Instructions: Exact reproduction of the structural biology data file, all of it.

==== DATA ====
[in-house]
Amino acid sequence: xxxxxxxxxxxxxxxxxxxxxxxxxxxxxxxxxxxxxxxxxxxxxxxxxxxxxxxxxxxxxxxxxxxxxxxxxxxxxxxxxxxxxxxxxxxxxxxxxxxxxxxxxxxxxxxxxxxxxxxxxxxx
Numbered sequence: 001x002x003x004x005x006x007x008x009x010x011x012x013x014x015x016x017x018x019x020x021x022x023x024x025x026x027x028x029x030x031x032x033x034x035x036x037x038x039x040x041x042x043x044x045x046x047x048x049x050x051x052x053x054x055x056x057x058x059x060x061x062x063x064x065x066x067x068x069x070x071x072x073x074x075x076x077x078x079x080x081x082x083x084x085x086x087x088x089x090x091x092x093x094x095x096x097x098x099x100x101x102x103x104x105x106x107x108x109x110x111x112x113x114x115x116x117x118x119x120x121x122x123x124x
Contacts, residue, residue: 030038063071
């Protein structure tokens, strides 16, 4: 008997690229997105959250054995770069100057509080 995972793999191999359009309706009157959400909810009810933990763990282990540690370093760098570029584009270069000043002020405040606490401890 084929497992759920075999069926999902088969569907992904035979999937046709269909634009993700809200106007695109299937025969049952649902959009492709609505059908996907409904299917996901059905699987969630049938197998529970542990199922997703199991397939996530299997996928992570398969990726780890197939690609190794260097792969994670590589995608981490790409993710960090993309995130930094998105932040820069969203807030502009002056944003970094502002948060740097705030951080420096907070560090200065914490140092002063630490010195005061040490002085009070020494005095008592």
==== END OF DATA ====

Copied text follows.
[in-house]
Amino acid sequence: xxxxxxxxxxxxxxxxxxxxxxxxxxxxxxxxxxxxxxxxxxxxxxxxxxxxxxxxxxxxxxxxxxxxxxxxxxxxxxxxxxxxxxxxxxxxxxxxxxxxxxxxxxxxxxxxxxxxxxxxxxxx
Numbered sequence: 001x002x003x004x005x006x007x008x009x010x011x012x013x014x015x016x017x018x019x020x021x022x023x024x025x026x027x028x029x030x031x032x033x034x035x036x037x038x039x040x041x042x043x044x045x046x047x048x049x050x051x052x053x054x055x056x057x058x059x060x061x062x063x064x065x066x067x068x069x070x071x072x073x074x075x076x077x078x079x080x081x082x083x084x085x086x087x088x089x090x091x092x093x094x095x096x097x098x099x100x101x102x103x104x105x106x107x108x109x110x111x112x113x114x115x116x117x118x119x120x121x122x123x124x
Contacts, residue, residue: 030038063071
């Protein structure tokens, strides 16, 4: 008997690229997105959250054995770069100057509080 995972793999191999359009309706009157959400909810009810933990763990282990540690370093760098570029584009270069000043002020405040606490401890 084929497992759920075999069926999902088969569907992904035979999937046709269909634009993700809200106007695109299937025969049952649902959009492709609505059908996907409904299917996901059905699987969630049938197998529970542990199922997703199991397939996530299997996928992570398969990726780890197939690609190794260097792969994670590589995608981490790409993710960090993309995130930094998105932040820069969203807030502009002056944003970094502002948060740097705030951080420096907070560090200065914490140092002063630490010195005061040490002085009070020494005095008592």